If you plan a trip to Rocky Mountain National Park hoping to spot some elk, or to state parks in southern Arizona for winter birdwatching, you'll definitely want to take a pair of good binoculars (or a long telephoto lens for your camera).

Your preferred activity might be hiking, skiing, mountain biking, shopping, etc. In that case, it's all about taking the right clothing so you can get out of the Airstream and enjoy your day in comfort. For example, a few weeks ago we purchased wool Stetson hats while passing through Marfa, TX. We're taking them to northern New Mexico later this week where expected lows are in the mid-40s.


Late-season and winter camping can be awesome, and your Airstream makes it possible. Don't fear the cold. Follow these preparation strategies and you'll have a great time.

SnowWinter travel


Heidi McCormick

Heidi McCormick

Question regarding the dump valves on our 2015 23FB international. You mention the we should not try to force them if frozen. But isn’t there a danger that the exposed portion of the black lines & valves could burst/crack due to freezing? I have read where others have wrapped electric heat tape around the exposed areas of the dump valves. But that heat tape requires electricity that you might not be available if you are boondocking. Should I not be concerned about freezing and breaking the exposed dump lines and valves?



You missed several important points!
1) Dehumidifier – this is vital since your coach will be buttoned up tight and you’ll be breathing, cooking with the propane stove and heating ~ all sources of moisture. Otherwise the walls will start dripping.
2) Insulating Window Coverage – Our single pane windows transfer a lot of cold. A simple roll of silver insulating window from any big box store can be easily cut down to cover all windows just by propping them in place behind curtains. During the day they’re easily removed. Don’t forget any skylights, too!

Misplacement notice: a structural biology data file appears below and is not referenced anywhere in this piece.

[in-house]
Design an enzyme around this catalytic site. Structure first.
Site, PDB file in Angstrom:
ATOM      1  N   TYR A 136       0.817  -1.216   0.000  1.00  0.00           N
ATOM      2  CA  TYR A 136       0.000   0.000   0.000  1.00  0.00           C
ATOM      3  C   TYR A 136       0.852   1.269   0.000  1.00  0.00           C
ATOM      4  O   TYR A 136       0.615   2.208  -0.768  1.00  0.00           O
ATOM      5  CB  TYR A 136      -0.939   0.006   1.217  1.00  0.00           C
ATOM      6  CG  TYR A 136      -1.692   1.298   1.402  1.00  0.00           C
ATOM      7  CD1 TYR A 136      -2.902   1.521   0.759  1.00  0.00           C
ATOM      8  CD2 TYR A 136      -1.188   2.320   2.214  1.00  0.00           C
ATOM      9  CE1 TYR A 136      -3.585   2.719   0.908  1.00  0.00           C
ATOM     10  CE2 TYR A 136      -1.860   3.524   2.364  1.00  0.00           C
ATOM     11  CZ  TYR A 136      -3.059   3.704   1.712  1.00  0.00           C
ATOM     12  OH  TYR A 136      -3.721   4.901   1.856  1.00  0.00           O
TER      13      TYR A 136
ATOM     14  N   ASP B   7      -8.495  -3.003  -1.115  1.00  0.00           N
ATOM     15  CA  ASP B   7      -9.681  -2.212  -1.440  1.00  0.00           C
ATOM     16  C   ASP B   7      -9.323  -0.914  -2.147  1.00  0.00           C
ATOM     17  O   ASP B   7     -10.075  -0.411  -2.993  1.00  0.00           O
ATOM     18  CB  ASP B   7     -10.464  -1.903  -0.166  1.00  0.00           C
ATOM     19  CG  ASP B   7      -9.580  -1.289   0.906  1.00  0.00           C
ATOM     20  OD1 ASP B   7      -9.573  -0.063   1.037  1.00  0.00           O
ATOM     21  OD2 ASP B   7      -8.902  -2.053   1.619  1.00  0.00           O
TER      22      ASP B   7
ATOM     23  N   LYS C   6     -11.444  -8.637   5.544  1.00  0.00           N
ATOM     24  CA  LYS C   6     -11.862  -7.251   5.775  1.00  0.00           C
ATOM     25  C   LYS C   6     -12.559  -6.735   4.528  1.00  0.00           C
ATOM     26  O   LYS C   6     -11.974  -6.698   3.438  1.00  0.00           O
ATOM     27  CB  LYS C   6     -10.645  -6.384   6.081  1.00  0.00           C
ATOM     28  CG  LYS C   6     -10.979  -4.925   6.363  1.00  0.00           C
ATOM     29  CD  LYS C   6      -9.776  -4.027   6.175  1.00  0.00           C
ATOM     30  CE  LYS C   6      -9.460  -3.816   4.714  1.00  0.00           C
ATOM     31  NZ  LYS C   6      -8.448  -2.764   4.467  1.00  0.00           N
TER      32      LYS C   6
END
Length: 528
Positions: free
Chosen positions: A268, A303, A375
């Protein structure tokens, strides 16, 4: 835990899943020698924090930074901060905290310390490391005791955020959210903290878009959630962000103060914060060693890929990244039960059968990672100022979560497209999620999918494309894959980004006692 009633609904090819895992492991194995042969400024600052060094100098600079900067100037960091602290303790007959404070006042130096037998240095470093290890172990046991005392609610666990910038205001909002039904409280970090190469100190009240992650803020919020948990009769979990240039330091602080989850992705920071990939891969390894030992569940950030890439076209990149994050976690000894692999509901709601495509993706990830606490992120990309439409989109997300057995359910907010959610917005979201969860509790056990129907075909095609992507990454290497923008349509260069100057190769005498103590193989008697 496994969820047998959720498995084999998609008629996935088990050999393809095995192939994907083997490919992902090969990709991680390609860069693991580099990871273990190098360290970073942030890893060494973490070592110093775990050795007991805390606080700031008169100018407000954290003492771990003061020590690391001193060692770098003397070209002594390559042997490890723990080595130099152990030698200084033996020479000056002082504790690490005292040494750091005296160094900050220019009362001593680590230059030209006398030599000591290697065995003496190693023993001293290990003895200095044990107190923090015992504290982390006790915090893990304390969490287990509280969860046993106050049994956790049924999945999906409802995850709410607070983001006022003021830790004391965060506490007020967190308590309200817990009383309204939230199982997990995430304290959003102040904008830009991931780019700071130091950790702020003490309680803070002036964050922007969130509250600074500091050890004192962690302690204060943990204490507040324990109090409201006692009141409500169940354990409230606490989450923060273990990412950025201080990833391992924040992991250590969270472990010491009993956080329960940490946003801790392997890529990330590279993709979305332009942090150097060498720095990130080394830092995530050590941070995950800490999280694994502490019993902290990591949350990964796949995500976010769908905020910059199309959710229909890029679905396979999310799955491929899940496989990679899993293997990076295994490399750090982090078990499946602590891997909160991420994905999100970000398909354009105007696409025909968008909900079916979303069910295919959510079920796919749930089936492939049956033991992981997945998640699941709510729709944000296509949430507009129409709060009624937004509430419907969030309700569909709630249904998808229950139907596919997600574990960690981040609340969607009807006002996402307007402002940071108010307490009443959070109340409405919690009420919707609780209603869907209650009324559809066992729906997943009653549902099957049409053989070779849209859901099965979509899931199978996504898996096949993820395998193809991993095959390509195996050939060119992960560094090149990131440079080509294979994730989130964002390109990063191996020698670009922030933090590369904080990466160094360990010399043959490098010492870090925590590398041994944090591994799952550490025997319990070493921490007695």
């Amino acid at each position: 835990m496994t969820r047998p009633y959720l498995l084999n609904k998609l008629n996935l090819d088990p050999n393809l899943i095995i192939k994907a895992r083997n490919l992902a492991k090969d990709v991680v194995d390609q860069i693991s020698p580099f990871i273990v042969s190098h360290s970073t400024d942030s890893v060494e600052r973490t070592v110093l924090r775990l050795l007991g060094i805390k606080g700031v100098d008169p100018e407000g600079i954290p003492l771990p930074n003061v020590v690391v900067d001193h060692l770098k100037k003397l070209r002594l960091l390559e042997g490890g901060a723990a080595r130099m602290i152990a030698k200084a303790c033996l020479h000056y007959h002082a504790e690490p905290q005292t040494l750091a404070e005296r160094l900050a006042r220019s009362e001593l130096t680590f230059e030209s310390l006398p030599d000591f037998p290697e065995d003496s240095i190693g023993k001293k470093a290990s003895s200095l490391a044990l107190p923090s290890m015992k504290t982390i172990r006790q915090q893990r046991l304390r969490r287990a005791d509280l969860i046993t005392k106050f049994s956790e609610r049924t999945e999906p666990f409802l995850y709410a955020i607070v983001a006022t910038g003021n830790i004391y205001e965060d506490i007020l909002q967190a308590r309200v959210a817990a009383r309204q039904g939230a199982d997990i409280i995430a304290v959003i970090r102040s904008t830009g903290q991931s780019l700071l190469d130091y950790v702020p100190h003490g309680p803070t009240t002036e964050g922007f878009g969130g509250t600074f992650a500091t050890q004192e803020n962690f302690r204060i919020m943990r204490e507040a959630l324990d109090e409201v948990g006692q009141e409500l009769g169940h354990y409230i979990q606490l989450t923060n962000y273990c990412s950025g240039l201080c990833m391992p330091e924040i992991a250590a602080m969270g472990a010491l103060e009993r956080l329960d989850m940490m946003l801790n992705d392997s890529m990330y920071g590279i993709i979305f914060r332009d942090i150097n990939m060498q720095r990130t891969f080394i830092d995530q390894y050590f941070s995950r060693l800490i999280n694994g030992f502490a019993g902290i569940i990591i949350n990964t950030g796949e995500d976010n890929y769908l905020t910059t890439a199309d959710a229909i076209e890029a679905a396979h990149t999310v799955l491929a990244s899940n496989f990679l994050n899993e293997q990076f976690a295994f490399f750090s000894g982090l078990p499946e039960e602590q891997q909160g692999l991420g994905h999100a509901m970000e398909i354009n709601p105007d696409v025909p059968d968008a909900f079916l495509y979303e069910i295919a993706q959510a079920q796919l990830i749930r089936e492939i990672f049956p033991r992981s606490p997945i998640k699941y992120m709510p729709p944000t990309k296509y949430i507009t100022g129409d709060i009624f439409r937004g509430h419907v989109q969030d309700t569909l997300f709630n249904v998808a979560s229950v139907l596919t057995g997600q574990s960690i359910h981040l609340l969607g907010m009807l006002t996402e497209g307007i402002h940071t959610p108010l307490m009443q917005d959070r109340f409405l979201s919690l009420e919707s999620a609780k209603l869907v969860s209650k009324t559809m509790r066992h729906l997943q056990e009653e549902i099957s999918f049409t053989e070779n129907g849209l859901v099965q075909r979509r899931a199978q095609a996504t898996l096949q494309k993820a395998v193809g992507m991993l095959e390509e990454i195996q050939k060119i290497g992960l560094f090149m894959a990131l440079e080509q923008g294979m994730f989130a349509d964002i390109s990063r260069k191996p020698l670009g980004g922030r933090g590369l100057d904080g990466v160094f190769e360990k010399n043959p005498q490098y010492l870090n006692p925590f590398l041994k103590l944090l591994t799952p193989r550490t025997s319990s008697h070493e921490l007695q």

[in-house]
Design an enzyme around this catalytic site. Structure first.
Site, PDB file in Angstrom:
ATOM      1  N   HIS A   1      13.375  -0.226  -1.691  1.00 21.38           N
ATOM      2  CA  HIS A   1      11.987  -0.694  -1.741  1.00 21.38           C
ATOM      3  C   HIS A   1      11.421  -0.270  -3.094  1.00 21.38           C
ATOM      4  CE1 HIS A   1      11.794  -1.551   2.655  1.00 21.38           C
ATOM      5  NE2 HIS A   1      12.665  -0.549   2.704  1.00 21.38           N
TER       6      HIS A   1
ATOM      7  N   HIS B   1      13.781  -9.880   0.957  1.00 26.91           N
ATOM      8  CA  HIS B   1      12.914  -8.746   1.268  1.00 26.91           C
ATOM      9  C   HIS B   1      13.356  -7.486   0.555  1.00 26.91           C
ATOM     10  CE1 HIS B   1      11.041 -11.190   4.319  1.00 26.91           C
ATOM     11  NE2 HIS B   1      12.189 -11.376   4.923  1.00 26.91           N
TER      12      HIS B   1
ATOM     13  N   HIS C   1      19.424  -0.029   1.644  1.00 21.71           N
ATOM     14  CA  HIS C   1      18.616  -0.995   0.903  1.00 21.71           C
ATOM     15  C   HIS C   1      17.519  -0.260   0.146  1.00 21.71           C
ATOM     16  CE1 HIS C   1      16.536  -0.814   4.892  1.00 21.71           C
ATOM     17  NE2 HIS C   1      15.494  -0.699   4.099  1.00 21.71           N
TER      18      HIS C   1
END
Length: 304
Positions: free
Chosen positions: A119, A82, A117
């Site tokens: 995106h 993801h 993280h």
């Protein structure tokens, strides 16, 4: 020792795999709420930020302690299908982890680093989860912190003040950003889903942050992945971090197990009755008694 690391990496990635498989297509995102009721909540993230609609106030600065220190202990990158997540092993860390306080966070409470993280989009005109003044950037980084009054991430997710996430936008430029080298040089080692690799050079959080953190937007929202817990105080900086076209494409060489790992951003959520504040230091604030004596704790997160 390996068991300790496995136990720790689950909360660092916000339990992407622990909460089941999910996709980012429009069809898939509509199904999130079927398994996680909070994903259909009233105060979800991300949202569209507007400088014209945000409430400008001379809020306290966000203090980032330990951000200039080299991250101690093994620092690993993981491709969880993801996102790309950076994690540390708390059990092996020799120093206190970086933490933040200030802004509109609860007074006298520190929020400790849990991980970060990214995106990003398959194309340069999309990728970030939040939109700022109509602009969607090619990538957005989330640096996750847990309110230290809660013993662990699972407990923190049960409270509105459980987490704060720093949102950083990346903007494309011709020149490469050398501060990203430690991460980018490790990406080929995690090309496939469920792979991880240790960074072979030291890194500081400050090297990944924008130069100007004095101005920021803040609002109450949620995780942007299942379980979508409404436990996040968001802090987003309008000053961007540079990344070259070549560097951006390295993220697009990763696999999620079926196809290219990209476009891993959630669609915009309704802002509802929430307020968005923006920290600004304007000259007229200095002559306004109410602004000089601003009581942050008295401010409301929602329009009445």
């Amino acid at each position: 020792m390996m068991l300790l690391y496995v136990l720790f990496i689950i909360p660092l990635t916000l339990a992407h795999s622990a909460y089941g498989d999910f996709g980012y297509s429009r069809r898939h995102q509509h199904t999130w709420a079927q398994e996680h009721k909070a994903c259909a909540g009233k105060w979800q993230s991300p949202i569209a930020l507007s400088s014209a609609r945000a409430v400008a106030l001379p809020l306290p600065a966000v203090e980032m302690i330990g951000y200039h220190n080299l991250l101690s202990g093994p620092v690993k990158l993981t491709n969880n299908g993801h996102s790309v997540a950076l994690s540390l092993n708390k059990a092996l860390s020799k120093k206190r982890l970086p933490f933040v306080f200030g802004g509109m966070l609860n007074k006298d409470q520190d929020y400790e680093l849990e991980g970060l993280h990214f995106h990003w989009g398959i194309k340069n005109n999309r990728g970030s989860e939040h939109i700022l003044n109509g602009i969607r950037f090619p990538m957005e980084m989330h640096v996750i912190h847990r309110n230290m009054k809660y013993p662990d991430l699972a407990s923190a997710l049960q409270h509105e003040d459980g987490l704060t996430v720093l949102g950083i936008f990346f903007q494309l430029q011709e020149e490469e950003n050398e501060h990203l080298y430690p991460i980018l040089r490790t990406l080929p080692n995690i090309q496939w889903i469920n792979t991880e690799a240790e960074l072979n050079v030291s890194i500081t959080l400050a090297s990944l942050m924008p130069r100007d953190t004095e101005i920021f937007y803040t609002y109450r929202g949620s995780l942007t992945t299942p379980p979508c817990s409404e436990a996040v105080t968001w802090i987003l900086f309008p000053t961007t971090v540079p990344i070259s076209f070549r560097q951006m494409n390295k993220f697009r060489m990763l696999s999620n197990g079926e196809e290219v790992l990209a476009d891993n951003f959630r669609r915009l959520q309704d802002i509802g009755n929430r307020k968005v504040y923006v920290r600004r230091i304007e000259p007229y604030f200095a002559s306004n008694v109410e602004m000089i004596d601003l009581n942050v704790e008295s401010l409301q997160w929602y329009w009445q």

Mary Ann

Mary Ann

What about adding anti-freeze chemicals in your black or gray tanks?

Randy Mathern

Randy Mathern

how about when you’re driving down the road and encounter cold temps… can you keep the trailer warm with gas furnace while driving??

Rich Luhr

Rich Luhr

Wow — lots of comments! Here are some quick answers:

Heidi and Mary Ann: The black and gray tank valves and pipes will not burst or crack due to freezing, for two reasons. (1) You’re constantly adding warm water to those tanks, as you use the Airstream. (2) Those pipes aren’t pressurized, so if ice does form, it has room to expand (back toward the tank). Usually the only problem is a stuck valve, and that will take care of itself if temps go above freezing during the day.

Mark: Dehumidifying is indeed important! But you don’t need a dehumidifier: it’s far easier and more effective to simply crack a roof vent and one window to allow a small amount of fresh air in.

Randy: Yes, you can try running the furnace during travel but it may not be enough to prevent a plumbing freeze — and there are other risks. You could kill the trailer batteries (the tow vehicle’s charge line may not be enough) and if you run out of propane you’re screwed.

I talked about these issues and others, in the video “7 Tips For Cold Weather Travel In An Airstream”, which you can find on our video page under “Tips and Tricks”.

Leave a comment

All comments are moderated before being published